2, then 3, 4, etc. . . . , even though their actual location with respect
to x.sub.t would be as shown in (step 93), i.e. not according to
sequential scanning order. Otherwise, if INDX<INDY, then the pixels'
influence (context) would be as represented in (step 95). Both contexts
are to be included in the Modelling Unit 12 of U.S. Pat. No. 4,652,856, or
in the same Unit as used in the above referenced co-pending application.
Having described the subband processing for coding purposes, one may now
describe the decoding leading through entropy decoding, subband
recomposition and inverse filtering, to the output image 6 (see FIG. 1).
Entropy decoding shall be based upon conventional techniques (see cited
references) and shall enable converting each flow of subband bits (see
C(s) in U.S. Pat. No. 4,652,856) back into subband samples or pixels. This
application is now directed to recombining said subband samples into the
(inverse)-filtering with re-scaling, back to the original image.
Recombining the subbands into output image in the inverse filtering
operation first requires so-called re-scaling or re-normalization
operations as follows:
for low-pass subbands samples:
for high-pass subbands:
Once re-scaled, the low-pass and high-pass components are then computed
respectively, according to:
RCoefL(0,1,2)=1, 2, 1(Vetterli low-pass reconstruction filter)
RCoefH(0,1, . . . ,4)=1, 2, -6, 2, 1(Vetterli high-pass reconstruction
Represented in FIG. 10 is a schematic illustration of horizontal inverse
filtering for recomposition. A low-pass horizontal subband image having
column indexes zero to
and row indexes from zero to Yend is combined with a corresponding
high-pass horizontal subband image having column indexes
and row indexes zero to Yend, to get successive subband images leading to
the recombined output image through the sub-band recombining tree. The
operations to be performed include denormalization, (inverse) filtering,
up-sampling and centering.
Represented in FIG. 11 (see FIG. 11A+FIG. 11B) is a flowchart, easily
implementable through a program and showing the detailed steps of the
horizontal recombining process.
Computing parameters P and L are respectively set to (Xend+1) and P/2.
Then, denormalizing operations are performed for properly re-scaling the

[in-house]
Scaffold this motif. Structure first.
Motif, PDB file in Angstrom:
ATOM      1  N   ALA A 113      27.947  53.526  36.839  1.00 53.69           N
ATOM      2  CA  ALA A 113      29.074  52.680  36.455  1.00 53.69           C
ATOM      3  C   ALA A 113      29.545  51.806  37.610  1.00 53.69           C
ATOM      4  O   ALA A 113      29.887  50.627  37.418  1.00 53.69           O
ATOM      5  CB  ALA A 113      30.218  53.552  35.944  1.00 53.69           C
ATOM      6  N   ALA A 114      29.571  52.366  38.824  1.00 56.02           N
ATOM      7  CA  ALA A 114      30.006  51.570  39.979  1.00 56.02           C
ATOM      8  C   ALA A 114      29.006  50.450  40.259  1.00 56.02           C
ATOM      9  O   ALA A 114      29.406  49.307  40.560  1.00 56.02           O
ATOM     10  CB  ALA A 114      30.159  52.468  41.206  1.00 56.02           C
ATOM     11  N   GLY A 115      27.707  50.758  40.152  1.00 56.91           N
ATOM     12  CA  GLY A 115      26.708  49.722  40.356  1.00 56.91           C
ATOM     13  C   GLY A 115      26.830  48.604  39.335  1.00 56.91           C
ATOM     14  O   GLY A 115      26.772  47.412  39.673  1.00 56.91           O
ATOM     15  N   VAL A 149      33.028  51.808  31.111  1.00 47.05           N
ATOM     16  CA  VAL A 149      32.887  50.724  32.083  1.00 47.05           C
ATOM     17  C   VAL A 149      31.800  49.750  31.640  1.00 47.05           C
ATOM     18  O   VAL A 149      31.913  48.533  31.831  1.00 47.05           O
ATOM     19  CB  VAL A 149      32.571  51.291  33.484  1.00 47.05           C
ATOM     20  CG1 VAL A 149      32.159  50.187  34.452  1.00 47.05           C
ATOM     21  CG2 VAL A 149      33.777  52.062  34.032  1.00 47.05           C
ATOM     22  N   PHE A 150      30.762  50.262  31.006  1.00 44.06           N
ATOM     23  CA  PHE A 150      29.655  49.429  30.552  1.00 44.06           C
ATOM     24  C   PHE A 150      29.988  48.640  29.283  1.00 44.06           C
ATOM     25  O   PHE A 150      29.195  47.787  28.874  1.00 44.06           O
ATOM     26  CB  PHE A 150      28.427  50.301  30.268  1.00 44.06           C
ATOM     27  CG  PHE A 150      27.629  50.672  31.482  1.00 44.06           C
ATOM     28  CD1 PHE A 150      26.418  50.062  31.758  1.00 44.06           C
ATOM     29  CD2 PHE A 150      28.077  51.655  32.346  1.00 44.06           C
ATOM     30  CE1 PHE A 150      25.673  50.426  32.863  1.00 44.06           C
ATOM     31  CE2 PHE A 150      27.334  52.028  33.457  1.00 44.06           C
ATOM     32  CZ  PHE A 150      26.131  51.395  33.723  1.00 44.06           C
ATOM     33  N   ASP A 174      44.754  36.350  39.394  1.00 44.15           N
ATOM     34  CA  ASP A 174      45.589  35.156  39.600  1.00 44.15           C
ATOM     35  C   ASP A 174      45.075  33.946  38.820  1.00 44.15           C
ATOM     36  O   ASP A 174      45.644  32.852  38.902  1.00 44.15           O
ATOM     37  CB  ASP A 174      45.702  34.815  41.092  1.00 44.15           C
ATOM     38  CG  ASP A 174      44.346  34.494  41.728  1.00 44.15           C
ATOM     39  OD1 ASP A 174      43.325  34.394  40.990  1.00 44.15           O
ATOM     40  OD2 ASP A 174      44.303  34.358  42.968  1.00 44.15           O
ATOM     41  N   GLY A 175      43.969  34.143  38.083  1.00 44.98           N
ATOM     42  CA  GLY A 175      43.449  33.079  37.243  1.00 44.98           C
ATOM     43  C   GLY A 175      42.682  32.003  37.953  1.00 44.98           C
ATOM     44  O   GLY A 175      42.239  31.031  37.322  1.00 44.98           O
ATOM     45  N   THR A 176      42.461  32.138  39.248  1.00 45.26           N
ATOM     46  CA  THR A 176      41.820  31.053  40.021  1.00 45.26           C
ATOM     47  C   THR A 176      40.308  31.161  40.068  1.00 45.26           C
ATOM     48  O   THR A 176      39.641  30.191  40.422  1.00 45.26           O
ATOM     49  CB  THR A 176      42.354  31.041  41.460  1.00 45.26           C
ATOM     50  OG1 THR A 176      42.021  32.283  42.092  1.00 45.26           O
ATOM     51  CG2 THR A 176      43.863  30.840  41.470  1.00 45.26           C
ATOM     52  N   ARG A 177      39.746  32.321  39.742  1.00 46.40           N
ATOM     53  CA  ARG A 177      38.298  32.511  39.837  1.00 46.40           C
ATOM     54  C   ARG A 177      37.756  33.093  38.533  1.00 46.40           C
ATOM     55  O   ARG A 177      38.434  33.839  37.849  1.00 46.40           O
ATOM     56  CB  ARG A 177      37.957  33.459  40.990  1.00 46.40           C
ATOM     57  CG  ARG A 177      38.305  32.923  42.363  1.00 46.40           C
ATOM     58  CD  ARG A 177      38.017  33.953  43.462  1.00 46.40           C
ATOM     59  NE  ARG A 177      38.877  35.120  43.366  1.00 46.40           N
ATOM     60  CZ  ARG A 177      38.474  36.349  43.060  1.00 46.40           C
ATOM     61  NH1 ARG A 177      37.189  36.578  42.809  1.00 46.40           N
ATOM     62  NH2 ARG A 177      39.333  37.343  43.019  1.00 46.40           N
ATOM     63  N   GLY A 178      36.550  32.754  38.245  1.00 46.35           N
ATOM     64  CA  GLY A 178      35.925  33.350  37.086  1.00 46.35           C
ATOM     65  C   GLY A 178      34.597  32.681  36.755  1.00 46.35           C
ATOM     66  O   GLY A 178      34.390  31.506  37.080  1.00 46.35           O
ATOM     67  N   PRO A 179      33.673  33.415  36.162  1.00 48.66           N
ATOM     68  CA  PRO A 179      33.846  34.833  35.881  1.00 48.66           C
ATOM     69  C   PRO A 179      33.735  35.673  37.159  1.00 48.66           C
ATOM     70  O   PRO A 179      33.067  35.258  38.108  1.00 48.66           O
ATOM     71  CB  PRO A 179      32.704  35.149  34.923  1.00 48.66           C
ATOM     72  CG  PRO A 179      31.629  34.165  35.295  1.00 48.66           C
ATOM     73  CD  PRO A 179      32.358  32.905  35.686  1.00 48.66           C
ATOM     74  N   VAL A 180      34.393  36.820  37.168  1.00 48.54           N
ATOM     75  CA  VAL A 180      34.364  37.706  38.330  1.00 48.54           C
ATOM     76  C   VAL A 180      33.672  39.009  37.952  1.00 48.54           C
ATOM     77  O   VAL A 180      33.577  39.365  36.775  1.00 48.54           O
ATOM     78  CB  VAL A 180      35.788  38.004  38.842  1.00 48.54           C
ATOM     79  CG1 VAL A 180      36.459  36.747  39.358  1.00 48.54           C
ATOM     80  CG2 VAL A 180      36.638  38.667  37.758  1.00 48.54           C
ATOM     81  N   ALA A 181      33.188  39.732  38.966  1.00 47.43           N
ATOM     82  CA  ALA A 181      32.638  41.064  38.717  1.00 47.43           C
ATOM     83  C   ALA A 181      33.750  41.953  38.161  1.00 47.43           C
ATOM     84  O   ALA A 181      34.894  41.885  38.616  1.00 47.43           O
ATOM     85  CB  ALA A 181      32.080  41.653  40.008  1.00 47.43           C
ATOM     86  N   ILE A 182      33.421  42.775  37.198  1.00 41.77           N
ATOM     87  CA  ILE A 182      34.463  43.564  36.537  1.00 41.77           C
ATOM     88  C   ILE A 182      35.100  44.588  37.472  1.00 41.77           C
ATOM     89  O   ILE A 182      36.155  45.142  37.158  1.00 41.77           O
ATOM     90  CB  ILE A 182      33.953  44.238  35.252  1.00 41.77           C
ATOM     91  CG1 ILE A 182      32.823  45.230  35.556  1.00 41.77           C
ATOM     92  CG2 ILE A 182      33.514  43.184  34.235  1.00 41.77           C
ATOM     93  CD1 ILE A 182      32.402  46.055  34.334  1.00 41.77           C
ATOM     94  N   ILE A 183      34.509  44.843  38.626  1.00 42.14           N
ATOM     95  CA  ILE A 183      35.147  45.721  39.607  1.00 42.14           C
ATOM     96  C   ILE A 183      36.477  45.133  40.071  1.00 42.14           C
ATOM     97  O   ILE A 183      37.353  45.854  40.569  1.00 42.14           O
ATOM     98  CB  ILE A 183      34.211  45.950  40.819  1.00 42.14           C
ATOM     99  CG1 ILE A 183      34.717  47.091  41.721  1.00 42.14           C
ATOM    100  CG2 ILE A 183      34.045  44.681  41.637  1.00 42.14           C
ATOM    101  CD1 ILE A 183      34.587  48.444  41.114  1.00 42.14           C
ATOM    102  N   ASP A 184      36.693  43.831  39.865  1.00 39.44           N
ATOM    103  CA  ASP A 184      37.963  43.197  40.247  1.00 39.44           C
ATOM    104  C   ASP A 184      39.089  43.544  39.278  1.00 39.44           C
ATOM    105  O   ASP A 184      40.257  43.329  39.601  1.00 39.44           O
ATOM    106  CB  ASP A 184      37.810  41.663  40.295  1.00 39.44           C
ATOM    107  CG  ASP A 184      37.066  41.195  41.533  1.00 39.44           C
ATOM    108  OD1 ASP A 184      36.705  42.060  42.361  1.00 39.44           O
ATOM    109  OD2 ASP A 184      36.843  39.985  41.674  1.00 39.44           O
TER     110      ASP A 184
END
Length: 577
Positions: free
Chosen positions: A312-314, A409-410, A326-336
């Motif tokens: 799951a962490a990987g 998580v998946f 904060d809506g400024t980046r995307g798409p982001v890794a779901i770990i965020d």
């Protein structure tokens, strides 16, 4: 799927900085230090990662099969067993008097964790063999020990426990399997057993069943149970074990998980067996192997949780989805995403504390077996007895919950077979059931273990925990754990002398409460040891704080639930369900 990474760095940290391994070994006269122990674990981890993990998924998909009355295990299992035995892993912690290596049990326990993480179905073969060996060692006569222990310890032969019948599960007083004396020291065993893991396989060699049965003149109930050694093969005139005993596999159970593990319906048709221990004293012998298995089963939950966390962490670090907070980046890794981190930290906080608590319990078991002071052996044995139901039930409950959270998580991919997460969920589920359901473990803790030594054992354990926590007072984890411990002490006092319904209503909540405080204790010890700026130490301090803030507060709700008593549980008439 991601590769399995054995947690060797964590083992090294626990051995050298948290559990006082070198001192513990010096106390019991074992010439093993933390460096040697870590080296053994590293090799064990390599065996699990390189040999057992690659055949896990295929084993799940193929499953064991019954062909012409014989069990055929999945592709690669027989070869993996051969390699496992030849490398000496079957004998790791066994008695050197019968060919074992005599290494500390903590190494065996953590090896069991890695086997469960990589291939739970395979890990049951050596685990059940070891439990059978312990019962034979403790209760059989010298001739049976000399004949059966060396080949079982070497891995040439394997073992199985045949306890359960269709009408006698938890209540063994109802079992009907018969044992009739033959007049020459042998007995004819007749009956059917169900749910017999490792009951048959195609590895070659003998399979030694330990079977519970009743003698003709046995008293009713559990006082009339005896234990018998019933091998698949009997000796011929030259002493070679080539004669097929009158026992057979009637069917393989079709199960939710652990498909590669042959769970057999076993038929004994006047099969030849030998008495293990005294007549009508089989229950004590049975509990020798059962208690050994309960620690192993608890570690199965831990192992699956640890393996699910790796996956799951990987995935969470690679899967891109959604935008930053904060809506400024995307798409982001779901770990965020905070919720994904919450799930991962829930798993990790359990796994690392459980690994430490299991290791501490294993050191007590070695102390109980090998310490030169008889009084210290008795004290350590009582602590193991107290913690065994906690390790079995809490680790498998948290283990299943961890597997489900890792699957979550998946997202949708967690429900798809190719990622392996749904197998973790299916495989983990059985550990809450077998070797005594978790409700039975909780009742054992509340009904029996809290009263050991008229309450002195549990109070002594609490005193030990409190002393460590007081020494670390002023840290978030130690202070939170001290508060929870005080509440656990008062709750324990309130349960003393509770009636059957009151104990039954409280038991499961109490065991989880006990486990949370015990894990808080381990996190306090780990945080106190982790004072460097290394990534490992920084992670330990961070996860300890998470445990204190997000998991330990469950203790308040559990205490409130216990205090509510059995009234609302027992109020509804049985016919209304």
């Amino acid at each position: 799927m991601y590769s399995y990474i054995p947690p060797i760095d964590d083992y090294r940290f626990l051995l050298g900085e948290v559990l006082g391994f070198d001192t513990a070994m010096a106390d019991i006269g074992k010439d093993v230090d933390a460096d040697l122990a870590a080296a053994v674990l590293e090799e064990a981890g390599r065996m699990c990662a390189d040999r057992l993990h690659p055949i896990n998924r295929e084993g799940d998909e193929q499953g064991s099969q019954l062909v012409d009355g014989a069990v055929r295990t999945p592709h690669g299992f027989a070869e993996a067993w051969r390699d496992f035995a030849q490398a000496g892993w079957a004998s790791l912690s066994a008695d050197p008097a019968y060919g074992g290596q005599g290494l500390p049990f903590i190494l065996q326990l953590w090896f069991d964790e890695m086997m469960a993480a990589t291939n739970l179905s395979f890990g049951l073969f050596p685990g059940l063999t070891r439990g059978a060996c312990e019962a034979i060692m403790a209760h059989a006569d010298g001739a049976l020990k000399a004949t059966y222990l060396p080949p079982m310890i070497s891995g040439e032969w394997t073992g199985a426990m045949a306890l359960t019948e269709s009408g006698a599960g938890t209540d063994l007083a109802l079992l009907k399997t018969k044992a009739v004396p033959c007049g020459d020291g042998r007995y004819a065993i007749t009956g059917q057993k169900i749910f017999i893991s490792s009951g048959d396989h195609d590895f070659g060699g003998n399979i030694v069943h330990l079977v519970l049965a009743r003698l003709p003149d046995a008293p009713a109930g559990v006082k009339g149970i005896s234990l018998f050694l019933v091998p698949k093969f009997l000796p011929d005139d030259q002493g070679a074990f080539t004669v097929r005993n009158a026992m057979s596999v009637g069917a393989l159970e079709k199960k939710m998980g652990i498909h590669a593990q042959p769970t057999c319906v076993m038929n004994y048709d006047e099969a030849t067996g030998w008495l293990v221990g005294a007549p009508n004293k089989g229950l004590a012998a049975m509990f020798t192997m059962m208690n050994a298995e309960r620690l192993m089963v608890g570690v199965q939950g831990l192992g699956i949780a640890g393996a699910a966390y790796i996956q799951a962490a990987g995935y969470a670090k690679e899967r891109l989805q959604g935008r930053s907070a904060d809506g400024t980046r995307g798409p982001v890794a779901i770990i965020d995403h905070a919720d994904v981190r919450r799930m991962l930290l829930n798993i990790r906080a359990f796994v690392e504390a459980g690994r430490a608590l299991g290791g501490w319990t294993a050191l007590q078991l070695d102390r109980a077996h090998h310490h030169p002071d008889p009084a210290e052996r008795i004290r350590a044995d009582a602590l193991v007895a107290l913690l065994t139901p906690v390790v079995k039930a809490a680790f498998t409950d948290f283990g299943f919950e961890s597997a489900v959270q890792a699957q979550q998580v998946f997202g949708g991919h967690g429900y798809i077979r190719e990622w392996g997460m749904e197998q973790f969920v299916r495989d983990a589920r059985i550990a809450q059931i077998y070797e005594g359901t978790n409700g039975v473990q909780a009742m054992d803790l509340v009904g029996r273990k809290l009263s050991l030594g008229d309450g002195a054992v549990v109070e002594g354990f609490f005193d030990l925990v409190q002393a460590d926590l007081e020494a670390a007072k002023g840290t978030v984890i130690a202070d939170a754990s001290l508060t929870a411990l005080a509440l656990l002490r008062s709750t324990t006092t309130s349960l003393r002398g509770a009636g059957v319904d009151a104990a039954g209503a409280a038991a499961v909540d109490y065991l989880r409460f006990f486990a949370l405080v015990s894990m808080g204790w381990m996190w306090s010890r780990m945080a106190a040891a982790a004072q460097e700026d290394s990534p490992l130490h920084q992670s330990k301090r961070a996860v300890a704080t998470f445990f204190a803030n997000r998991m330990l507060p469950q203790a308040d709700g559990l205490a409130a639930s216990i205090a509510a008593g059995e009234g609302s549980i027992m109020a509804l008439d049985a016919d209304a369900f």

subband image considered.
To that end, the following operations are performed to implement equations
(3) and (4) for re-scaling:
for Y varying from zero to Yend
and X varying from zero to L-1
Note: it should be noticed that for typing purposes of the flowcharts, we
used only capital letters for all parameters. Also, DSL and DSH stand for
DShiftL and DShiftH respectively.
Next, inverse filtering and recombining operations are operated from both
low-pass and high-pass components (see equations (5), and (6)) together
with up-samplings to get the final recombined signal back to its original
sampling rate. The operations are performed for Y varying from zero to
Yend and X from zero to L-1.
Inverse filtering, which in fact is a filtering per se, for low-pass
components includes the following operations:
VAR=VAR+COEFL(Z)*IMAGE(Y, modulo(X-ZZ, L))
for Z varying from zero to 2 and VAR, K and ZZ initially set to zero, 2X
and zero, respectively.
VAR is re-scaled through a division by NORML=4. This implements equation
Similarly, low-pass components are processed to implement equation (6)
VAR=VAR+COEFH(Z)*IMAGE(Y, modulo(X-ZZ, L)+L).
Represented in FIG. 12 is a representation of the vertical (inverse)
filtering for recombining subband images. The images to recombine have
both row indexes varying from zero to Yend, while column indexes vary from
for one and
for the other.
The corresponding flowchart is represented in FIG. 13. Apart from the fact
that the variables Y and X are substituted one for the other, both
flowcharts 11 and 13 are substantially similar (see FIG. 13A+FIG. 13B).
Finally, repeating the subband recombining through the inverse tree-shaped
arrangement as shown in FIG. 1, leads to getting back the full bandwidth
original image, or more precisely a synthesized image.
Even though the invention was described as applied to context-type encoding
of re-scaled subbands contents, it should be understood that the same
principles of subband processing do apply to other encoding schemes. Also,
specific context arrangements have been described with reference to FIG.
9. Other contexts including contexts involving pixels from adjacent
subbands do apply as well.